4. Relative Gene Expression and Protein Expression of AMPK

According to the real-time RT-PCR assays, high casein level diet decreased the relative gene expression of the target of AMPK signal pathway-AMPKα (), which indicated that high casein level diet inhibited AMPK signal pathway than low casein diet (Figure 7).

5. Discussion

The potential positives of balanced nutrition for the clinical treatment of diarrheal have been researched for many years. To select an appropriate method of nutritional management, the function of the digestive-absorptive metabolism was the first to be studied. Secondly, the reestablishment of the normal physiology of the small intestine needs following with interest.

The high casein level diet of weaning-piglets follows a well-established animal model of postweaning diarrhea. Infantile and early weaned piglets are extremely easy susceptible to intestinal infection according to many factors, resulting in enteric diarrhea. Many parts of the world lace sufficient nutritional control for infantile diarrhea. Because of the immaturity of their digestive systems and immune systems, the weaning period is critical for young humans and swine. When newborns and piglets have diarrhea after being weaned, highly morbidity and mortality were generally occurred [19, 20]. During this period, the composition and level of dietary feeding is a key factor in decreasing the diarrhea incidence [21, 22] (for example, the ingests of the three main nutritional components, proteins, carbohydrates, and fats [5]). Protein is the most essential component of tissues in animals, and, unlike carbohydrates, high level of dietary protein intakes could result in several deleterious metabolites in the gut [22]. Both the severity and incidence chance of diarrhea may be increased in piglets fed diets high in protein level [23].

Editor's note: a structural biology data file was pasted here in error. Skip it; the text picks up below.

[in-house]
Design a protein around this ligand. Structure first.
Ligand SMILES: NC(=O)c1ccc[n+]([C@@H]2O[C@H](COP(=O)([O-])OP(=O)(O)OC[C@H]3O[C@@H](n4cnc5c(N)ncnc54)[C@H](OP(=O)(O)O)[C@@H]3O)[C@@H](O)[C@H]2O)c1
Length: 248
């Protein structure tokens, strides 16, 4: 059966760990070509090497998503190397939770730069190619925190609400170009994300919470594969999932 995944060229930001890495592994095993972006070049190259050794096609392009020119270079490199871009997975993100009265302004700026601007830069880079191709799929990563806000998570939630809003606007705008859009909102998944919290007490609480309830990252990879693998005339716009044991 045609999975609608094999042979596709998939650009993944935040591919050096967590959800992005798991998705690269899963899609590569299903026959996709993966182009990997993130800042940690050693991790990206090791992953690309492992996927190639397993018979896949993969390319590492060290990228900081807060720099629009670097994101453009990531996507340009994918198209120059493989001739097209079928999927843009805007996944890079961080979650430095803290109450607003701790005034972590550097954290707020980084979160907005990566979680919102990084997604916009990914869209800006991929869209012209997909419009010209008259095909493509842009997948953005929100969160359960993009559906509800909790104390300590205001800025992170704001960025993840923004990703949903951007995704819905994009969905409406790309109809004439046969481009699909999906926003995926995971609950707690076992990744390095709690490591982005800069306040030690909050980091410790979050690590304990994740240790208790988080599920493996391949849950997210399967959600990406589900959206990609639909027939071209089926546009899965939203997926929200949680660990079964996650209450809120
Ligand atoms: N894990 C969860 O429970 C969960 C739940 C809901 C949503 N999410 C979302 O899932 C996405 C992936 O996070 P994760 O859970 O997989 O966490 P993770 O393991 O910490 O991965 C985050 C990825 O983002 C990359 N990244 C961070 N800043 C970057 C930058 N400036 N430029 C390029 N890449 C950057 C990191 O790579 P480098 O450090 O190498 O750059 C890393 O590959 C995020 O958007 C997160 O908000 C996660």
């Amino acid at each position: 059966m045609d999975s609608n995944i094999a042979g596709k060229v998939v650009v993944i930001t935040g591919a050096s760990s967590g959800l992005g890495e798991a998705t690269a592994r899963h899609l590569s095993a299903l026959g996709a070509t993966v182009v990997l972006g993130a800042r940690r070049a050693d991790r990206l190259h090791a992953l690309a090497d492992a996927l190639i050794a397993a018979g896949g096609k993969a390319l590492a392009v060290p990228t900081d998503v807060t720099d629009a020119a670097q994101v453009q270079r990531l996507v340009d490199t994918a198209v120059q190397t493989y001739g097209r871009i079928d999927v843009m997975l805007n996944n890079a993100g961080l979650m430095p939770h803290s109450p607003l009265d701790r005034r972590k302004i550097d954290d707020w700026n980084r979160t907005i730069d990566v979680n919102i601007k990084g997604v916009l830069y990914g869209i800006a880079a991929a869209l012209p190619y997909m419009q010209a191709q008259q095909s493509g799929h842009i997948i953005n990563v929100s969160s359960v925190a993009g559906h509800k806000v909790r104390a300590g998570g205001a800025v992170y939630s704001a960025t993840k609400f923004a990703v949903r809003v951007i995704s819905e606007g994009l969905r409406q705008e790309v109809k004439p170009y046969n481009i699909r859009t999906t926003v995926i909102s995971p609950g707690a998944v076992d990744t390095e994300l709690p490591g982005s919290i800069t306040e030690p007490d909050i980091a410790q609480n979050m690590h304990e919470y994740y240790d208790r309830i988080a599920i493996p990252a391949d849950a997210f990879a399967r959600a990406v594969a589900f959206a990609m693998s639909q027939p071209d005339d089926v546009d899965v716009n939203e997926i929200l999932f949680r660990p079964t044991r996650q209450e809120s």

The maintenance of the normal state of the intestinal epithelium is important to the activities of key physiological processes, such as digestion, absorption, and immune responses. Morphometric results of the small intestine, including the villous height, crypt depth, and the ratio of the villous and crypt, can represent gut health [24]. And increased villous height reflects a larger absorptive area, and a deeper crypt implies a great villous epithelial breakdown, causing some pathogenic inflammation [25]. Previous studies showed that the ratio of villous height and crypt depth was decreased with increased protein dietary level. Further, an early report showed that the intestinal mucosa, given an abundance level of protein, was suffered easily attacked [26, 27] in piglets. In line with the published results, our study shows that the villous height and crypt depth increased, while the ratio of the ileum decreased in high casein group.